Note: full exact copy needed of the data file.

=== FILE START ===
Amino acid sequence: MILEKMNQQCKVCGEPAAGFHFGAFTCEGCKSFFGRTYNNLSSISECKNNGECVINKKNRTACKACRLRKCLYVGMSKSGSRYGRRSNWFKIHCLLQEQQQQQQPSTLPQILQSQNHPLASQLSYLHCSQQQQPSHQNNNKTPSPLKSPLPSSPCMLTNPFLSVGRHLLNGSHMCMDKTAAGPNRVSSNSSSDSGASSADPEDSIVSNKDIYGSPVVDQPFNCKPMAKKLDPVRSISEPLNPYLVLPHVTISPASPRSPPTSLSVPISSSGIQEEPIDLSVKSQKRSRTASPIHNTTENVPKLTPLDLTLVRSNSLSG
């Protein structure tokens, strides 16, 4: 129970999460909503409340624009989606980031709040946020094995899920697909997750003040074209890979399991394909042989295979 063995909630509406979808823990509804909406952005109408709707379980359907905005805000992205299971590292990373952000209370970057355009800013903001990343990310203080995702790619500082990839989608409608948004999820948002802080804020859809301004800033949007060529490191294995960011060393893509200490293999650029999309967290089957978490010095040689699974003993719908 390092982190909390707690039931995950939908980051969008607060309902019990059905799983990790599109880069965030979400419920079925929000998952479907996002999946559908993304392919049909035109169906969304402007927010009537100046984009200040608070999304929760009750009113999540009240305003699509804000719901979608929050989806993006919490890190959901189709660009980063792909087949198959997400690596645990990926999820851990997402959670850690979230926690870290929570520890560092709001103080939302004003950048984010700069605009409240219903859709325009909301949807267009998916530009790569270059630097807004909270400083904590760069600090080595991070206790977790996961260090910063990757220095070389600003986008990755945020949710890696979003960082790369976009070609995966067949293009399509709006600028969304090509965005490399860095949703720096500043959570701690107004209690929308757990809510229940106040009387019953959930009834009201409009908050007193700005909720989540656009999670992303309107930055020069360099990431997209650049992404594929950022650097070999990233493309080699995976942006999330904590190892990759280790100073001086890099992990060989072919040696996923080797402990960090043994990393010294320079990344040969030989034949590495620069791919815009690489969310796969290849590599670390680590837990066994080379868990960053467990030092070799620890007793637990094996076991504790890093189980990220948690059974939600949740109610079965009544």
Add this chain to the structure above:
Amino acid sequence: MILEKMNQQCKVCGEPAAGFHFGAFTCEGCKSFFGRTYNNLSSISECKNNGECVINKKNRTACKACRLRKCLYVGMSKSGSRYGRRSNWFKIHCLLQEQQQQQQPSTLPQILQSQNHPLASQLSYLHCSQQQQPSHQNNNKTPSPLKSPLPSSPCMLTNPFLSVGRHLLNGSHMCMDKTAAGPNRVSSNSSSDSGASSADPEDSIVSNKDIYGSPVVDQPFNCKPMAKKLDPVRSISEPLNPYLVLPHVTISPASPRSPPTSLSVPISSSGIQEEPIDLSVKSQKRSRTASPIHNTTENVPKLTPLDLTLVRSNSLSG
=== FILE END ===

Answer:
Amino acid sequence: MILEKMNQQCKVCGEPAAGFHFGAFTCEGCKSFFGRTYNNLSSISECKNNGECVINKKNRTACKACRLRKCLYVGMSKSGSRYGRRSNWFKIHCLLQEQQQQQQPSTLPQILQSQNHPLASQLSYLHCSQQQQPSHQNNNKTPSPLKSPLPSSPCMLTNPFLSVGRHLLNGSHMCMDKTAAGPNRVSSNSSSDSGASSADPEDSIVSNKDIYGSPVVDQPFNCKPMAKKLDPVRSISEPLNPYLVLPHVTISPASPRSPPTSLSVPISSSGIQEEPIDLSVKSQKRSRTASPIHNTTENVPKLTPLDLTLVRSNSLSG
């Protein structure tokens, strides 16, 4: 129970999460909503409340624009989606980031709040946020094995899920697909997750003040074209890979399991394909042989295979 063995909630509406979808823990509804909406952005109408709707379980359907905005805000992205299971590292990373952000209370970057355009800013903001990343990310203080995702790619500082990839989608409608948004999820948002802080804020859809301004800033949007060529490191294995960011060393893509200490293999650029999309967290089957978490010095040689699974003993719908 390092982190909390707690039931995950939908980051969008607060309902019990059905799983990790599109880069965030979400419920079925929000998952479907996002999946559908993304392919049909035109169906969304402007927010009537100046984009200040608070999304929760009750009113999540009240305003699509804000719901979608929050989806993006919490890190959901189709660009980063792909087949198959997400690596645990990926999820851990997402959670850690979230926690870290929570520890560092709001103080939302004003950048984010700069605009409240219903859709325009909301949807267009998916530009790569270059630097807004909270400083904590760069600090080595991070206790977790996961260090910063990757220095070389600003986008990755945020949710890696979003960082790369976009070609995966067949293009399509709006600028969304090509965005490399860095949703720096500043959570701690107004209690929308757990809510229940106040009387019953959930009834009201409009908050007193700005909720989540656009999670992303309107930055020069360099990431997209650049992404594929950022650097070999990233493309080699995976942006999330904590190892990759280790100073001086890099992990060989072919040696996923080797402990960090043994990393010294320079990344040969030989034949590495620069791919815009690489969310796969290849590599670390680590837990066994080379868990960053467990030092070799620890007793637990094996076991504790890093189980990220948690059974939600949740109610079965009544």
Add this chain to the structure above:
Amino acid sequence: MILEKMNQQCKVCGEPAAGFHFGAFTCEGCKSFFGRTYNNLSSISECKNNGECVINKKNRTACKACRLRKCLYVGMSKSGSRYGRRSNWFKIHCLLQEQQQQQQPSTLPQILQSQNHPLASQLSYLHCSQQQQPSHQNNNKTPSPLKSPLPSSPCMLTNPFLSVGRHLLNGSHMCMDKTAAGPNRVSSNSSSDSGASSADPEDSIVSNKDIYGSPVVDQPFNCKPMAKKLDPVRSISEPLNPYLVLPHVTISPASPRSPPTSLSVPISSSGIQEEPIDLSVKSQKRSRTASPIHNTTENVPKLTPLDLTLVRSNSLSG